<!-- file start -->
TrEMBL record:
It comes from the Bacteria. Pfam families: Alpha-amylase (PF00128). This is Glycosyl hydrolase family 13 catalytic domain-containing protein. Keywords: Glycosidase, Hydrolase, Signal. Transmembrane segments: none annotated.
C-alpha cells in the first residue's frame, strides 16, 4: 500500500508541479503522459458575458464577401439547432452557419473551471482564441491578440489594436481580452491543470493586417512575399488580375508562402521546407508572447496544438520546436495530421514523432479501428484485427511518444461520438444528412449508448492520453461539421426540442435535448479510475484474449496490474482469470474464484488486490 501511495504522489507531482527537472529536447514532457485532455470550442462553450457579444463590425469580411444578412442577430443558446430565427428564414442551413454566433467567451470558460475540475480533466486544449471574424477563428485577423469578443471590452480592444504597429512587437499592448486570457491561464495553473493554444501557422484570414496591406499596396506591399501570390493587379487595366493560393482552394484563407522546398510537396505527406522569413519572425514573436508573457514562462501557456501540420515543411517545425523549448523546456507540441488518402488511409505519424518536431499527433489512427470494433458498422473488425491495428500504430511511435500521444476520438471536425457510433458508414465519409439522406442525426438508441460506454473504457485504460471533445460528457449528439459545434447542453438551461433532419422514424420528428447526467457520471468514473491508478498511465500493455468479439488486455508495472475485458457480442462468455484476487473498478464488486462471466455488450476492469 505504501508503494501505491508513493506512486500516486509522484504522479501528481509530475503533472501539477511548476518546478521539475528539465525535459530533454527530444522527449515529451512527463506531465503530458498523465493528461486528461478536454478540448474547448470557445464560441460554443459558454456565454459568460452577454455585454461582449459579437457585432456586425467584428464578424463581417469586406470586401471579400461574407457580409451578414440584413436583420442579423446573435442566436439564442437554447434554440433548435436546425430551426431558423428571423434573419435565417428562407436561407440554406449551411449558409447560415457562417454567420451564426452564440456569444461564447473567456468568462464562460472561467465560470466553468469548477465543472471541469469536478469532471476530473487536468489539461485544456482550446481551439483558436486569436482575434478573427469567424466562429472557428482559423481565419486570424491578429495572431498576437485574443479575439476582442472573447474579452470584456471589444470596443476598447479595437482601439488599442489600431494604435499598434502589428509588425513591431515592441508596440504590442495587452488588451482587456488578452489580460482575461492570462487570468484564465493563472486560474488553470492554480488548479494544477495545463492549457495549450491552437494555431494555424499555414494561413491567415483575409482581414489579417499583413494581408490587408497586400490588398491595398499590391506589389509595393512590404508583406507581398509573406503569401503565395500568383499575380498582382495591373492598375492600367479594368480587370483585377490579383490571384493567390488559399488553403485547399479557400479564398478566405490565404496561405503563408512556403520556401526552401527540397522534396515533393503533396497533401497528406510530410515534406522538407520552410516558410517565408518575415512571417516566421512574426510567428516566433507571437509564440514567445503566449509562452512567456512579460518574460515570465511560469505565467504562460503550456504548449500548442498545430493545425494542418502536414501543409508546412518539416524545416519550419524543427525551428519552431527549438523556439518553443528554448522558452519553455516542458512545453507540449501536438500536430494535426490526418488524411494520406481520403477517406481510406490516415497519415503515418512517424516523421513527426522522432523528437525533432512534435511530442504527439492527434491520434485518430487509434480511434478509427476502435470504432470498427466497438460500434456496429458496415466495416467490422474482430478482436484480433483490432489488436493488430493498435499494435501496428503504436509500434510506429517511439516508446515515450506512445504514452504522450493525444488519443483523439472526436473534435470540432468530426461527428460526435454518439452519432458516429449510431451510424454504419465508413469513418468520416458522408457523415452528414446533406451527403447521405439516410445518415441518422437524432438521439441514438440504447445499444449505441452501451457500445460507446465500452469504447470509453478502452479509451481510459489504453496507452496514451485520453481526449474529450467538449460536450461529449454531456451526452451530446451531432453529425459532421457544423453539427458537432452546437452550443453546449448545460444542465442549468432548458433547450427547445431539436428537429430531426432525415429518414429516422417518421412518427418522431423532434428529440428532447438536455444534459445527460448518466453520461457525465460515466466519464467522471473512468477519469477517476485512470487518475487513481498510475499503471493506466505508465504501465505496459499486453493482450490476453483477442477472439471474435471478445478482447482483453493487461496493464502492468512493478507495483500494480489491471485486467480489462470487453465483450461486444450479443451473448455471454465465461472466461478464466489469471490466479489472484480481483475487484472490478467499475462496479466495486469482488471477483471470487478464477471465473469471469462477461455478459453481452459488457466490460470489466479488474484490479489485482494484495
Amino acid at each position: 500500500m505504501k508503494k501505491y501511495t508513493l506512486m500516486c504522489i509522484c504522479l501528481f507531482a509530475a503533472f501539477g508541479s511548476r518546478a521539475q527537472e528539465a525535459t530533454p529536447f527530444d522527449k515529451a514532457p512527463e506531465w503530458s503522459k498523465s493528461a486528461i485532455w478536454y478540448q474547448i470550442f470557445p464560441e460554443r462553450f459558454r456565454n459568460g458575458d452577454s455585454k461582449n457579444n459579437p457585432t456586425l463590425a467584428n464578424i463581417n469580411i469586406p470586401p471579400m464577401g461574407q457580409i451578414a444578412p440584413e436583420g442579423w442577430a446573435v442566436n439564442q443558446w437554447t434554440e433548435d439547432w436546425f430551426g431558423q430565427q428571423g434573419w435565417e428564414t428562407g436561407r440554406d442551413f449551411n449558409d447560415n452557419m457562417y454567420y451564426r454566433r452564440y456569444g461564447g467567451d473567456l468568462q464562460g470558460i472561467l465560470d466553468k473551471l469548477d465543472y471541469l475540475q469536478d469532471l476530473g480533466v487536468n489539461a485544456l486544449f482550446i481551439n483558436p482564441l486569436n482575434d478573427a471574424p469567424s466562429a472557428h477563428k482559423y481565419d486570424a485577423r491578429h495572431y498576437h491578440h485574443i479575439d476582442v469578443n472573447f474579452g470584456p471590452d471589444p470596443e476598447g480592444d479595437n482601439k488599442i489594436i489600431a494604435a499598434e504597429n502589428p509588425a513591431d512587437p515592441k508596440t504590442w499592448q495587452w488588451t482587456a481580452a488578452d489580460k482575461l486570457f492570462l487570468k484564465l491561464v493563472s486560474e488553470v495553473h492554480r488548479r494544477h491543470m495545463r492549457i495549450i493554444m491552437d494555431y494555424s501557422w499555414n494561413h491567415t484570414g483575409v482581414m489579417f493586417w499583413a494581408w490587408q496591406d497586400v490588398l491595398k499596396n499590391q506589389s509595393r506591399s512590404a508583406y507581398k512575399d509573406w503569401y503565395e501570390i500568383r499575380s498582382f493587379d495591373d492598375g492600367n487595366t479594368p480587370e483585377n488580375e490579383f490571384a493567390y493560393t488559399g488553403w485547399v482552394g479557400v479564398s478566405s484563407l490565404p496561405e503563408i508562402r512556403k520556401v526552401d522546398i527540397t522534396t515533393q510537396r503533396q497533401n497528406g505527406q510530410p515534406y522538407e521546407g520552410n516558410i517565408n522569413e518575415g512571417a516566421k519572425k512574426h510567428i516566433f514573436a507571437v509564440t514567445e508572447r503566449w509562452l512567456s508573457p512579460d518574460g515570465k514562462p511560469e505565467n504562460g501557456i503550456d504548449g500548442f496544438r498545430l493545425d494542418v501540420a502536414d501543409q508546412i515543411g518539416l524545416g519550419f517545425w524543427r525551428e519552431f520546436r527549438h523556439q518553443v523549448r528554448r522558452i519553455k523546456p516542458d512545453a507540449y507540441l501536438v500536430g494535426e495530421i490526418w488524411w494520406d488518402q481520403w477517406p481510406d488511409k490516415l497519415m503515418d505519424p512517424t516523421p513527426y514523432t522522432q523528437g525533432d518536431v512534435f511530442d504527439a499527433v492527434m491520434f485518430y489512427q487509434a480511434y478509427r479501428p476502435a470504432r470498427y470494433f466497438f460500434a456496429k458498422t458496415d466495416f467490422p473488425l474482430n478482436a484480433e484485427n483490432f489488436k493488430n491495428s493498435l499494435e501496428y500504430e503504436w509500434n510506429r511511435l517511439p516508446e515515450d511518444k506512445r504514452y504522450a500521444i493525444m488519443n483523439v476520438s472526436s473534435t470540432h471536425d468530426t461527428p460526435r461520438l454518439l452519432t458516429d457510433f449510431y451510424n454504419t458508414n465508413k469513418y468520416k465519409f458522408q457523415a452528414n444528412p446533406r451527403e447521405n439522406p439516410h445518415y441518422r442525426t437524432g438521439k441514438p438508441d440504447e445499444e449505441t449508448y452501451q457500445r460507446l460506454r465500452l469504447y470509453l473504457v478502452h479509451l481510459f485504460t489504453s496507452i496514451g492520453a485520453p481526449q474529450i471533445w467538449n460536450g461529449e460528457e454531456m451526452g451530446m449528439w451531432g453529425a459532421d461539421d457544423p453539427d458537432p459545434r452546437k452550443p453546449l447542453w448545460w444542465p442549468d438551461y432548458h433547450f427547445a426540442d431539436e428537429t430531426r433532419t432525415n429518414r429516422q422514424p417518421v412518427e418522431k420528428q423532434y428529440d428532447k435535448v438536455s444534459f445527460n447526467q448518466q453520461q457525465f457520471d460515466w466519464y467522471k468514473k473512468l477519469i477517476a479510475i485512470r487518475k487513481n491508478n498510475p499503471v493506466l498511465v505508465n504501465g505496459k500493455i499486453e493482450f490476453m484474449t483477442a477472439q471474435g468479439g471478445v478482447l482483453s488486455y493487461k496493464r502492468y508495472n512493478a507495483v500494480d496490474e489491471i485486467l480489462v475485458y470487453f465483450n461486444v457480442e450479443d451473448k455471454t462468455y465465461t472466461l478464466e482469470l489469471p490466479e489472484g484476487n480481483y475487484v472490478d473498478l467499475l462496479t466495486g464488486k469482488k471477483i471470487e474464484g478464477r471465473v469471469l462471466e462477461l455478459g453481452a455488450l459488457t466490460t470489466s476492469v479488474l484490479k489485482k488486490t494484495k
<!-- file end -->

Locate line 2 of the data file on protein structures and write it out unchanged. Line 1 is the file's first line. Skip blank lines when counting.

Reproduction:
It comes from the Bacteria. Pfam families: Alpha-amylase (PF00128). This is Glycosyl hydrolase family 13 catalytic domain-containing protein. Keywords: Glycosidase, Hydrolase, Signal. Transmembrane segments: none annotated.